The outbreak of the First World War in 1914 dramatically changed the social status of women. While more and more men went away to fight an die for their country on the front lines, the women kept the country running and took over jobs that were normally considered "men's work". The war could not have been won without women working in jobs and conditions never experienced by women before. Suffragettes such as Emmeline Pankhurst and Emily Davidson had protested for many years that laws could not be fair for both men and women unless they could both take part in the democratic process.

This they believed was that right to vote and have their opinions expressed in the House of Commons. Most of their campaigns to change the laws on women's franchise were peaceful initially, but when the media started losing interest, suffragettes started using violent or more shocking methods to gain attention. Whilst this may have raised the awareness about their cause, it also lead some people to think that women were irresponsible and therefore not worthy of having the right to vote. But wartime was the ideal opportunity to show what women could do and prove their point.

Because of pressure from women's groups and their obvious abilities to work and keep the country going, the government agreed to give women the right to vote under the Representation of the People Act 1918. This also allowed women to become Members of Parliament. However at this time, this privilege was only for women over thirty who were married to a householder or were the householder. As soon as the war was over, society once again believed that women needed men's guidance and were expected to return to their homes and be dependant on men once again.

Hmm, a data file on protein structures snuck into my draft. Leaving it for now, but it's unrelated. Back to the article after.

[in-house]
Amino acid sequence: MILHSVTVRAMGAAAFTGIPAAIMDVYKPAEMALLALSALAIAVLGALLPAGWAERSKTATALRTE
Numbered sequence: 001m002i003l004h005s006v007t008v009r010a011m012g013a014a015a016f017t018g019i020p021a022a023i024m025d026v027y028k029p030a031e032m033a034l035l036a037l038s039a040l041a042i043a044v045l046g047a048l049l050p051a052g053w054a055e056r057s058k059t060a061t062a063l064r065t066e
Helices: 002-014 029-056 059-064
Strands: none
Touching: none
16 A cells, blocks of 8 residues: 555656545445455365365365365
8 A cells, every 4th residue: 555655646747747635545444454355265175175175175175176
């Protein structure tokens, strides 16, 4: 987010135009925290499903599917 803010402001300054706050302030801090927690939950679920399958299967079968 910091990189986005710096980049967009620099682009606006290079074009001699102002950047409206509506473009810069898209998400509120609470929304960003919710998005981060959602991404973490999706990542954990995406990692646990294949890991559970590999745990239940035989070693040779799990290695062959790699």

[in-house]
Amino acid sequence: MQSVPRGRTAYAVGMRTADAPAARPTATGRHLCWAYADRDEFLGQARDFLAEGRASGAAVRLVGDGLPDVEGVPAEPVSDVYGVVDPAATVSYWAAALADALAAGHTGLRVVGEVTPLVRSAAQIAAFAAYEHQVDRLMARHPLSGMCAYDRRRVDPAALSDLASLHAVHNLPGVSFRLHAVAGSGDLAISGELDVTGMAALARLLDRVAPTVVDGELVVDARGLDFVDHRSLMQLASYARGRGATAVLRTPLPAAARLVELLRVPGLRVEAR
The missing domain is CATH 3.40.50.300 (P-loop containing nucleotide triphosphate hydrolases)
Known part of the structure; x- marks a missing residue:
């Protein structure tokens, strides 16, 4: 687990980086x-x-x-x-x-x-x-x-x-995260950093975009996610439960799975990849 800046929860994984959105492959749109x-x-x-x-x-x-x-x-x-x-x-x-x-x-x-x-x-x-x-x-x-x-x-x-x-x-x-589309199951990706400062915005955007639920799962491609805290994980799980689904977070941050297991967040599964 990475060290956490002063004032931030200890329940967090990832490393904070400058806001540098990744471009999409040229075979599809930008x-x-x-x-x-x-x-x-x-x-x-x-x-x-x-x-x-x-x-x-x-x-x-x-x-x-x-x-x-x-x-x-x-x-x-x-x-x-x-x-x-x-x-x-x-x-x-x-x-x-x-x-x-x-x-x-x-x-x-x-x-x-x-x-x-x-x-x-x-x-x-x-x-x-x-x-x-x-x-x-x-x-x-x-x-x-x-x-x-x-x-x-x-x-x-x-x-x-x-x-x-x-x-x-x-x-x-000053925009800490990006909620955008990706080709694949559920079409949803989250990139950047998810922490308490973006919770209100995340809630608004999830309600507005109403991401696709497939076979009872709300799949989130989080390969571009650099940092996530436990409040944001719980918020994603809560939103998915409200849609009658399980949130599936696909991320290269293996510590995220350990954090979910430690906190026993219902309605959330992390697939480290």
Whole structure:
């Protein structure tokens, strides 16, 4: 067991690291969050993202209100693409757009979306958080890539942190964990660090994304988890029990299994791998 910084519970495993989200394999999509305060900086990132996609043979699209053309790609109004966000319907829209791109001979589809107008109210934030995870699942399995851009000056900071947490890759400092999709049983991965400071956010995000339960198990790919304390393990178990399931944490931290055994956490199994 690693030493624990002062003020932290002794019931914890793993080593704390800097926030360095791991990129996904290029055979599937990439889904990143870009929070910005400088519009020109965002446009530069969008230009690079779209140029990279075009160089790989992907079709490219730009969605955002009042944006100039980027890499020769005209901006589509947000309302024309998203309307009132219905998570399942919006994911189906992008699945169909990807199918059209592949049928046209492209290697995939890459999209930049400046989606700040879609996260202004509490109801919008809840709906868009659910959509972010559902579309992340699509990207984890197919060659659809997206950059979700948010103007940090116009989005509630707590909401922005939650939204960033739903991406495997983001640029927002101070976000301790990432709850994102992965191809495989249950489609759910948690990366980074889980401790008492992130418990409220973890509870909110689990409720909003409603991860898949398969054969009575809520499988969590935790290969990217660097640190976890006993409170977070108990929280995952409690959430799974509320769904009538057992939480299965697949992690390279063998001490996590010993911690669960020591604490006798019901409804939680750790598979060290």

This didn't happen with all women because there was a distinct lack of servicemen returning from the war and many that did were maimed or mentally scarred. This left many women with no choice but to remain unmarried and work. Therefore the structure of society changed to include these women who were able to support themselves without male guidance. Nancy Astor became the first woman Member of Parliament to actually take her seat in 1919. During the period between world wars, women continued to campaign for more change in their status.

By 1925 legislation concluded, "a father could no longer be considered as a sole guardian of his children. " Laws were again changed in 1928 to make men and women's voting rights equal, this allowed women over twenty-one to vote. As with the First World War, the Second World War saw large changes in societies expectations of women. Social dependency on men disappeared and women were again needed to leave their homes and work on farms and in factories to help with the war effort. By this time women were able to spend more time with men unaccompanied, which lead to a rise in sexual behaviours before marriage.